46. 46. Why bother with Consumer India?
  47. 47. The never ending wait…  Many market analysts and business strategists bark up the wrong tree while setting out to evaluate the India opportunity by asking –   ‘when will India have the per capita income and infrastructure of China, the westernization and per capita consumption of Brazil, the education levels of Russia and the maturity of US?’ The answer is not in the near future.  But, it will still have a lot to offer with each passing year.
  48. 48. Consumer India: A Snapshot  Consumer India is large  Over one billion people and still growing at 1.6 percent annually. India adds to itself a population equivalent to that of Australia each year.  It will comprise 18% of the world’s population by the year 2030.  In terms of sheer numbers, the center of gravity is towards where the consumers are.  It is mostly poor but is getting less poor  A marked increase in per capita income from a USD 120 in 1991 to USD 700 today.  Between 1993 -4 to 2004-05, according to NSS, the % of people below the poverty line has dropped from 36% to 22%
  49. 49. Snapshot (Contd.)  It has some rich people who are getting richer  Since 2001, the the average annual growth rate of high income households has been double that of any other income group. The top 10 percent of the India’s population has per capita income levels that are the same as 60% of those in Malayasia and 80% of those in Brazil.  A clear number trick, where even a small percentage of a very large population is a large number of people.  And these 100 million people are, by themselves, equivalent to the total population of Canada, 5 times that of Australia and a little less than double that of France.  This is where the large chunk of the marketer’s fish are.
  50. 50. Snapshot (Contd.) Consumer India is schizophrenic  India has two totally distinct age groups that coexist in sizeable numbers but whose consumption ideologies are totally different.  One is the isolated, post independence generation brought up in and conditioned by the Nehruvian socialistic milieu. The other is the free market, globally integrated post –liberalization generation.  And as different parts of India get exposed to different economic, social, political and global forces to different degree the schizophrenia is getting worse, not better.
  51. 51. But… For global marketers India still offers a fertile ground for a long term sustained growth. It is a ‘must exploit’ opportunity to global businesses for long term value creation…
  52. 52. India: The growth story  A guaranteed growth story  It is a large economy and has a large consumer base growing steadily at a modest and sustainable pace.  It has the proven environment for guaranteed to happen growth  A sustained GDP growth rate of 6 to 6.2 percent per annum.  Young people, virgin market  Consumer India offers a guaranteed growth source of 400 million people below the age of 21 and over 20 million new babies each year.  Also, as income increases steadily, each year there are more and more new consumers just entering consumption, resulting in significant market expansion.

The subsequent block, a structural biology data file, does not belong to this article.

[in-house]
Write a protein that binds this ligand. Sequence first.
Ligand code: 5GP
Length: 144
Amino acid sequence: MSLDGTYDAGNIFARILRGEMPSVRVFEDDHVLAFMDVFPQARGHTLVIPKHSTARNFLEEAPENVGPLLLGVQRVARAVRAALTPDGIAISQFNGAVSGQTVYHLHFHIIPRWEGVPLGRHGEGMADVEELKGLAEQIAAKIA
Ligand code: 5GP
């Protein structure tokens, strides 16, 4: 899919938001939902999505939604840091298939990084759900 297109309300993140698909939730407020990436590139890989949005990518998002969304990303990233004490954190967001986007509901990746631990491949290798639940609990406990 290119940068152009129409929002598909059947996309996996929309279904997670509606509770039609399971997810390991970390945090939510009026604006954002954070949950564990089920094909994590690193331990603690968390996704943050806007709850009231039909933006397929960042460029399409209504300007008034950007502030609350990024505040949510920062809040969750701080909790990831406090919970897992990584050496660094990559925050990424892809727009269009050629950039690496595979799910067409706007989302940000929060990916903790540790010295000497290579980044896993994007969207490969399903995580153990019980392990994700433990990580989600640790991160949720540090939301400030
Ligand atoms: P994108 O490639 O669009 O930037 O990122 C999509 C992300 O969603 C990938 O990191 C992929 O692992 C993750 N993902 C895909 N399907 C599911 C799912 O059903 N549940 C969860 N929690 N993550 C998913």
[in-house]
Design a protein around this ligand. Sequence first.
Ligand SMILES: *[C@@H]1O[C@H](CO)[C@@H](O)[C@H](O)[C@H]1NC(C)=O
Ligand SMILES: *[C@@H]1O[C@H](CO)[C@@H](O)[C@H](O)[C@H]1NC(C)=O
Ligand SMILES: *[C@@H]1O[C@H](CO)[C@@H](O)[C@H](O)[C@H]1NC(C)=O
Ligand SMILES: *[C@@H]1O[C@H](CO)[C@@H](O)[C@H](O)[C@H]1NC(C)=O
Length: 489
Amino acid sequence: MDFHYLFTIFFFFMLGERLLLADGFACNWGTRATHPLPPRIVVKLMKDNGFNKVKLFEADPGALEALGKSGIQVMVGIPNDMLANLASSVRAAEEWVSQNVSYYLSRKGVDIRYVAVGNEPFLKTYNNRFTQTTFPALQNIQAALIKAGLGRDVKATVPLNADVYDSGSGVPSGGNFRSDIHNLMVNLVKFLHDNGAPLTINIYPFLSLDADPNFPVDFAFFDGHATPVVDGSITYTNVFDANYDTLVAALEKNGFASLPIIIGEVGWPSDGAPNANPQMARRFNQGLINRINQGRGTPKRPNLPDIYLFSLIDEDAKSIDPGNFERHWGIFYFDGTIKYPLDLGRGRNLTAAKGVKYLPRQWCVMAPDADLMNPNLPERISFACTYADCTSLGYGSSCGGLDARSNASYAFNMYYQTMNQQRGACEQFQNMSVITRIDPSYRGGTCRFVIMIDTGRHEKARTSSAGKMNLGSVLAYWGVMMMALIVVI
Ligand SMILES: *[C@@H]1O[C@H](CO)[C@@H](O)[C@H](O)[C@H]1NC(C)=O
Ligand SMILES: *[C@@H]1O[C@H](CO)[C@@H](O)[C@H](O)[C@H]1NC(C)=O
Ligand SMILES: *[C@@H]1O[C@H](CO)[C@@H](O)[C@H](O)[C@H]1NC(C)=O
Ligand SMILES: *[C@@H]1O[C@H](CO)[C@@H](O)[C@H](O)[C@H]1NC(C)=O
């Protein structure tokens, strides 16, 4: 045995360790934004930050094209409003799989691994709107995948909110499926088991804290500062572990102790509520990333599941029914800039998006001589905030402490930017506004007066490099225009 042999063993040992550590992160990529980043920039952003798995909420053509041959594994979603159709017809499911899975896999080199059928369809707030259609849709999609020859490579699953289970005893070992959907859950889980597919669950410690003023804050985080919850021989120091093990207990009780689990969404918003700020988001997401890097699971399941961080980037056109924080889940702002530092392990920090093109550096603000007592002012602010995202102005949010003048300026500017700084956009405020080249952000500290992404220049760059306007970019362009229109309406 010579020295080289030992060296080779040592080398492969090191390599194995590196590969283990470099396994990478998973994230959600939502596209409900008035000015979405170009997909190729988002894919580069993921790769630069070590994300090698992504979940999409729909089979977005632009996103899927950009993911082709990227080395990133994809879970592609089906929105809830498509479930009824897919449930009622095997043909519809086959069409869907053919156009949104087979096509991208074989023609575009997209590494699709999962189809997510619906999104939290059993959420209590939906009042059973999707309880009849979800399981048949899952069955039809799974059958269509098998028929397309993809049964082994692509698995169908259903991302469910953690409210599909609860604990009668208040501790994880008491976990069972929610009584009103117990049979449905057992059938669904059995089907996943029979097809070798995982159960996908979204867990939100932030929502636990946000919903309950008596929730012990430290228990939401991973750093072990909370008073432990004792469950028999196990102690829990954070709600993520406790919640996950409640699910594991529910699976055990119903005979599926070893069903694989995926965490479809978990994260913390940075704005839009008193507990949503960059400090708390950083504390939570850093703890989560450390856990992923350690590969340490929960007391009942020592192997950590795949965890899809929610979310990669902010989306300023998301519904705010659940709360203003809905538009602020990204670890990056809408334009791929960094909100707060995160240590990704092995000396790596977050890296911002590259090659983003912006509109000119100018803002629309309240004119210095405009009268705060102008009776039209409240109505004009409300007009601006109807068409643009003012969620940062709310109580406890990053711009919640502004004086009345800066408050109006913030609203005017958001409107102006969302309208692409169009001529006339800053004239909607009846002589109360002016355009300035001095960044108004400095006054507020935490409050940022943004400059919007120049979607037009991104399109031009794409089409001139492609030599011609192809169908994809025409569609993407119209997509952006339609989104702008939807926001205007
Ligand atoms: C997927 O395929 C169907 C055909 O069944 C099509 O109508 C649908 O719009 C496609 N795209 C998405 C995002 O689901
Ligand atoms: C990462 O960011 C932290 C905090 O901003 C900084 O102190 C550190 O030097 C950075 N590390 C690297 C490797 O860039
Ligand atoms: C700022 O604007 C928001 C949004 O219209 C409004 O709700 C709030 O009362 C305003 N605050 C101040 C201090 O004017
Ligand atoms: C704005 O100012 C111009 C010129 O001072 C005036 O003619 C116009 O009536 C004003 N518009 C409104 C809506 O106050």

53. 53. The growth story (Contd.) Low country risk  In addition to interesting demographics, India is a story of inclusive growth that is stable both politically and socially. Strong institutions  Another key aspect that makes a country an attractive investment destination is the presence of strong institutions. India’s separation between the legislation and judiciary, tough election commission and the glare of an independent free press enable a variety of voices of viewpoints to be widely heard.  It is a country, where the person living below the poverty line can make or break a government at will.
  54. 54. The growth story (Contd.)  Change confluence  There is a change confluence that is happening, which is creating the tipping point for a vibrant consumer market.  The average Indian’s income is growing, India’s economic fundamentals are growing stronger, rural India is decreasing itse dependence on agriculture, the self employed population dominates the process of making India a vibrant nation of strivers, and consumption is a huge growth machine.  While private consumption accounts for less than half of China’s GDP, it accounts for over 60 percent in the case of India.  China 2005 = India 2015  In about 8 years time, India will have the same per capita income that China had in 2005. and if China is being considered a ‘hot’ and attractive consumer market, then India will be just as ‘hot’ in a few years time.